ReplyDelete
  22. Warduke deserves to be the anti-hero of a series of Swords & Sorcery novels.

    ReplyDelete
  23. Too bad they didn't make a cartoon for these toys XD !

    ReplyDelete
  24. I still don't have the problem with the following.

    1) So-called "Brandification". The D&D Trademark has been used in computer games, for instance, as well as for other merchandise. Creating a set of toys and iconic figures is, in my mind, pretty much a great way to get younger kids into things, especially since TSR was a gaming company, which is pretty much toys based at adults.

    2) Since they didn't change their core products to branch out, it didn't affect the World of Greyhawk, or other elements of the game.

    ReplyDelete
  25. Obviously a blatant ripoff of the Encounter Critical Playset.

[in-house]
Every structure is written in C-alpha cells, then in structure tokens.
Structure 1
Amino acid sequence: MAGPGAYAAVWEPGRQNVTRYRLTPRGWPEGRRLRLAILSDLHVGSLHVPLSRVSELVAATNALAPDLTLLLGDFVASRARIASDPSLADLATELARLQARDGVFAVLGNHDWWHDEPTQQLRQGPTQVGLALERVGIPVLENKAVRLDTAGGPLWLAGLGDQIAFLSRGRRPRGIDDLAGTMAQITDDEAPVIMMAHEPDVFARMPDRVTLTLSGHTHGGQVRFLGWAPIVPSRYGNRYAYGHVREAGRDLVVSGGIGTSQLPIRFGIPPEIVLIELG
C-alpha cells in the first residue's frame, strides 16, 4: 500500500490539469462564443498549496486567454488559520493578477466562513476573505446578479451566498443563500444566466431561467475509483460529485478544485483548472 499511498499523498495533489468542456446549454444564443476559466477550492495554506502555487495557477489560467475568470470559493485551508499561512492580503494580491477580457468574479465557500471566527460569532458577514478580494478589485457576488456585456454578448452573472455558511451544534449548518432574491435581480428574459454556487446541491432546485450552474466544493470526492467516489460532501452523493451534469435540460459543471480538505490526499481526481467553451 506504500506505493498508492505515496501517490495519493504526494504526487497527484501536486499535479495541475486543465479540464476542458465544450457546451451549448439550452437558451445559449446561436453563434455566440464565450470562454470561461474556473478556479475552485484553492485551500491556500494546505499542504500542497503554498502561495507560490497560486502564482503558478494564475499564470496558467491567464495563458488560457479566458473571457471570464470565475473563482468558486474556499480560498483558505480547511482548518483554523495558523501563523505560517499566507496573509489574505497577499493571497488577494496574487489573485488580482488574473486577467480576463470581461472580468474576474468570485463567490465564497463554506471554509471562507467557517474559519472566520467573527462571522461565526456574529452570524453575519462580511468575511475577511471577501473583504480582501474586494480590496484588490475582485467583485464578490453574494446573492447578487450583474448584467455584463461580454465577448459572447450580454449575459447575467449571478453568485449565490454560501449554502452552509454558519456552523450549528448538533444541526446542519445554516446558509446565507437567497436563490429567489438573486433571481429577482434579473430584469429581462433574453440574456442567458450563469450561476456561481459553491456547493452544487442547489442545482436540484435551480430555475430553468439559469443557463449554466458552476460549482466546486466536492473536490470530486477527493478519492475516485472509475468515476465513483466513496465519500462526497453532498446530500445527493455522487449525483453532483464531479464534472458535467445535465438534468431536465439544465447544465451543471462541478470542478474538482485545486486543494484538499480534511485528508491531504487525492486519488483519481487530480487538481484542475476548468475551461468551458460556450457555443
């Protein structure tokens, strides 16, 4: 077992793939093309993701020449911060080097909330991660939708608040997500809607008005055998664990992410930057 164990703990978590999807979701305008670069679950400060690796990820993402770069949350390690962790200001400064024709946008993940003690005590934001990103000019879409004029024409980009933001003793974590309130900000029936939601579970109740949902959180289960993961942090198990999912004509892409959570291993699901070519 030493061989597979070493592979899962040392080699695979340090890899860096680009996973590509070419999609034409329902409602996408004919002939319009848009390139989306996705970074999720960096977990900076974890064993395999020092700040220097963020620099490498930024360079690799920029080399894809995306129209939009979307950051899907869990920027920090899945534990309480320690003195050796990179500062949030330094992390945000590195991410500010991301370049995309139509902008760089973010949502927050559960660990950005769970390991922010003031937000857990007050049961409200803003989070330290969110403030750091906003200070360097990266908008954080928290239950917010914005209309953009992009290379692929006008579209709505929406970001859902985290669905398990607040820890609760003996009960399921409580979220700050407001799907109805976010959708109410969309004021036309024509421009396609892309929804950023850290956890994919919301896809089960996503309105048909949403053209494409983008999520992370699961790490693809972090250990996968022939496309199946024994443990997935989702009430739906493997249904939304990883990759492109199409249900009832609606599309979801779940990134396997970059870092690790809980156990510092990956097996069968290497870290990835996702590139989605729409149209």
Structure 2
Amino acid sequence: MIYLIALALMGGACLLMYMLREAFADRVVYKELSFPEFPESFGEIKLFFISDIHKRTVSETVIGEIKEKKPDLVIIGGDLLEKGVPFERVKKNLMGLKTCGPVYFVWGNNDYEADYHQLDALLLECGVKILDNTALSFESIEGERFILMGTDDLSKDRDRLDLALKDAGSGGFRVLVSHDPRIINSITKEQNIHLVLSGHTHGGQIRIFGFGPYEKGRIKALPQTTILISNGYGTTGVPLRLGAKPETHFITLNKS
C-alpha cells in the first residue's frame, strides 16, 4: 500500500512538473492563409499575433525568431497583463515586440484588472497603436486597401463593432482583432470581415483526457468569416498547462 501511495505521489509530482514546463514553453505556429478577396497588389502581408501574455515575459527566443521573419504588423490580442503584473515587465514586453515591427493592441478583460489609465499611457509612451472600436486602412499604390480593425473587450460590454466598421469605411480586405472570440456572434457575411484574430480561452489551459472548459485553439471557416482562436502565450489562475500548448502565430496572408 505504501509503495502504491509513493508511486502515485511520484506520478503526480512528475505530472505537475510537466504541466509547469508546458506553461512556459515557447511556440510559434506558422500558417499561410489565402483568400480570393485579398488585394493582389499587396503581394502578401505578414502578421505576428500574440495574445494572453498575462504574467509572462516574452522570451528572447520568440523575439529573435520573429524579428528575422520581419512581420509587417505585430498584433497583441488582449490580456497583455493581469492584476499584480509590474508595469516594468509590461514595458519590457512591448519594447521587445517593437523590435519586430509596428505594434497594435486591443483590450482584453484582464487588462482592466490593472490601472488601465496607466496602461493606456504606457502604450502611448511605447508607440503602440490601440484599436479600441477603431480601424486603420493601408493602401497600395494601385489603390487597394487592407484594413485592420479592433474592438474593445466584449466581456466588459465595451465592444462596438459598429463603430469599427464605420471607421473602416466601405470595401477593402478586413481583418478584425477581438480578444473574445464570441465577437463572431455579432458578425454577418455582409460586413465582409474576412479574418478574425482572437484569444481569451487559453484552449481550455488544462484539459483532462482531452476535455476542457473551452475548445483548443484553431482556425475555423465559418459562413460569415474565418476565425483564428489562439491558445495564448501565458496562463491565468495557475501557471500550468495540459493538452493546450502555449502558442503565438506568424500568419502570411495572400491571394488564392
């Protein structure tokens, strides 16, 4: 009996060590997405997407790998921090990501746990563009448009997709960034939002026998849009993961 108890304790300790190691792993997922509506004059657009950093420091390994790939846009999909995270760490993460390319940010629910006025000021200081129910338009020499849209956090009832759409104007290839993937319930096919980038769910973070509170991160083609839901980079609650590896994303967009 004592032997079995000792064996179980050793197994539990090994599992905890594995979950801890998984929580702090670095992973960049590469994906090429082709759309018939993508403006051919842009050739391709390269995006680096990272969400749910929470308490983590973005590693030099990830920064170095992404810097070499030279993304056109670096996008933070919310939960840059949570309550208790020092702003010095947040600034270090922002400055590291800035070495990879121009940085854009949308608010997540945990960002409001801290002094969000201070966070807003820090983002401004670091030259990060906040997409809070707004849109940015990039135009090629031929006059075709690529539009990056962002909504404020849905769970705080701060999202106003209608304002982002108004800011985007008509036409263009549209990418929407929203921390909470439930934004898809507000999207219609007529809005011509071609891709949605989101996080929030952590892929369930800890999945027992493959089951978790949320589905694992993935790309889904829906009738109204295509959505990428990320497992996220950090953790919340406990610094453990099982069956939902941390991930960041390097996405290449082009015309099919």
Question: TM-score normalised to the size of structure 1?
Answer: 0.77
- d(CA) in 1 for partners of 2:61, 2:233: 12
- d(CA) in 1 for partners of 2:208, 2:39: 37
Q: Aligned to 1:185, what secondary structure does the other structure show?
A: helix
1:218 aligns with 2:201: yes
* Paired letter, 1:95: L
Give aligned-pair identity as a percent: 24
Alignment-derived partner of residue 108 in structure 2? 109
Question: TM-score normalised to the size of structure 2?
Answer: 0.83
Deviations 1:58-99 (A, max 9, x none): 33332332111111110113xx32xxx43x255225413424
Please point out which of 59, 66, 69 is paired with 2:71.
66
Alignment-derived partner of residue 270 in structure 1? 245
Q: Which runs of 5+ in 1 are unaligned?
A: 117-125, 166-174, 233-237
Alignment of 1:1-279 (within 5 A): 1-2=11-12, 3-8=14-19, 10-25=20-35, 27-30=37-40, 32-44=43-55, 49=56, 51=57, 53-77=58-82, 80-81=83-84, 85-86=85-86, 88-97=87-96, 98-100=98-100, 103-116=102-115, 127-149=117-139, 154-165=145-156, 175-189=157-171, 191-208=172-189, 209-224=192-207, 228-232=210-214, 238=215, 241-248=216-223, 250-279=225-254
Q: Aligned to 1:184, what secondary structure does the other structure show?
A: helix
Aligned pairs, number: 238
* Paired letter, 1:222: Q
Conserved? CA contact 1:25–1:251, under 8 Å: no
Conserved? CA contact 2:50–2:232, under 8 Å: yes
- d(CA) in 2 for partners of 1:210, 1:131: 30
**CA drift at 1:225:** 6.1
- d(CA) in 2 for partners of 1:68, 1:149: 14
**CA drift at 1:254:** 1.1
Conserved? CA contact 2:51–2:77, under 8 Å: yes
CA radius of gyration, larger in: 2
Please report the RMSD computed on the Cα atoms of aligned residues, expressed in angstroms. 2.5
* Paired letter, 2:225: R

ReplyDelete
  26. I loved this toy line. I only had one of the action figures, but I had all of the PVC "minis." This, and the Moldvay Basic Set, were what inspired me to play D&D.

    I rushed to buy Quest for the Heartstone because it featured these characters, and made sure to buy the Basic D&D "Rogues Gallery" clone "The Shady Dragon Inn" because it featured all of these characters. They were all staple NPCs in my Mystara campaign.

    ReplyDelete
  27. Color me shocked & amazed, but Paizo has the Hook Horror available for sale for $9.99.

    http://paizo.com/products/btpy85rn?Dungeons-Dragons-Hook-Horror-Action-Figure

    ReplyDelete
  28. The first 3.5 game I ever ran was a mash-up of this and Temple of the Frog.